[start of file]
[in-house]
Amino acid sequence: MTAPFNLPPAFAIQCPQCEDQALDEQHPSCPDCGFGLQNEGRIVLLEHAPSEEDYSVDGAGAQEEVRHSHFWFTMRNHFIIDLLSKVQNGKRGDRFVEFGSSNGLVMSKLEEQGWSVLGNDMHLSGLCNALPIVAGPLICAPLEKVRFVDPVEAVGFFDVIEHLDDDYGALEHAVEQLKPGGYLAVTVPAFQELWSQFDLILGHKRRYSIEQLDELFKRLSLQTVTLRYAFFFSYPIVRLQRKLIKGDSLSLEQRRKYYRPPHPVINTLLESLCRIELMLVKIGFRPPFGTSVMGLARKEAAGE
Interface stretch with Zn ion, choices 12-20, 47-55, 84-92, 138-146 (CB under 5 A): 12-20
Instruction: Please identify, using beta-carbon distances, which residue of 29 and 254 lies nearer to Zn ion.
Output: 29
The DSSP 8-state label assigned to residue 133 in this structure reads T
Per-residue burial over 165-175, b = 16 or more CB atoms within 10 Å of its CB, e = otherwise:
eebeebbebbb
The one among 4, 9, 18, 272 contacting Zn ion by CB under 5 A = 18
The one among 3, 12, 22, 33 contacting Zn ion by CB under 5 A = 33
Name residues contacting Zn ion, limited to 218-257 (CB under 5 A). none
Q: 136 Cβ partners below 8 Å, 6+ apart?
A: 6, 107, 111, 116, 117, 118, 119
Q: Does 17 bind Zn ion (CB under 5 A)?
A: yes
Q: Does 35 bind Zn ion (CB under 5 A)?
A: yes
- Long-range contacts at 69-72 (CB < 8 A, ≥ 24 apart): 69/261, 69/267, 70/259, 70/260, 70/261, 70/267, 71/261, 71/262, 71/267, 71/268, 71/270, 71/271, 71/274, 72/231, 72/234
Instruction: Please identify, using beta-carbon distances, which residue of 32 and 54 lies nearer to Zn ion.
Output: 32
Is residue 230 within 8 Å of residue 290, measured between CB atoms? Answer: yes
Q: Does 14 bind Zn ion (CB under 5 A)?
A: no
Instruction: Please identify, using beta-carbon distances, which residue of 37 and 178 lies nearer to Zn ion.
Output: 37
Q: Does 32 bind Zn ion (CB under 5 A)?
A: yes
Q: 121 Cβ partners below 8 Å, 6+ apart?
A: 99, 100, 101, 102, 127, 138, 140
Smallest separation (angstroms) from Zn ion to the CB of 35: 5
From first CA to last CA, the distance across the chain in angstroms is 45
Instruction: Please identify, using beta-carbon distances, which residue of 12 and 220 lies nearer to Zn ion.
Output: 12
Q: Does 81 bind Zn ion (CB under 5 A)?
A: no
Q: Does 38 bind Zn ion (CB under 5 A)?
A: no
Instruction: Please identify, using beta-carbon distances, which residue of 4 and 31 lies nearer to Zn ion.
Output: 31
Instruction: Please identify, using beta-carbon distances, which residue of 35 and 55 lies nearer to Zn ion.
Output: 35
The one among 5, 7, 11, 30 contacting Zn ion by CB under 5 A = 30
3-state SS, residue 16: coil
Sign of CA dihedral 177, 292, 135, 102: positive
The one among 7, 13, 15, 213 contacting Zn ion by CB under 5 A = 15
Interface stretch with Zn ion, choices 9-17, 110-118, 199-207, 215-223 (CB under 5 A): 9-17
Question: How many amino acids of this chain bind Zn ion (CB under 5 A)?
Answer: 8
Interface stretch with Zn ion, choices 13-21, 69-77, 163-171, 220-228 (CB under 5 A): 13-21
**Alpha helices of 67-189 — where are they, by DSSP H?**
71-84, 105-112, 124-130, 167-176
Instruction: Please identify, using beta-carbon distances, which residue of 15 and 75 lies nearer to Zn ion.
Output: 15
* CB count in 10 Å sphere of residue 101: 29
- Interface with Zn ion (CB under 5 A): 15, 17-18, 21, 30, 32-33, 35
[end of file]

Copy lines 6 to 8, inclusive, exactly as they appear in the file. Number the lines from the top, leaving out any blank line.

The DSSP 8-state label assigned to residue 133 in this structure reads T
Per-residue burial over 165-175, b = 16 or more CB atoms within 10 Å of its CB, e = otherwise:
eebeebbebbb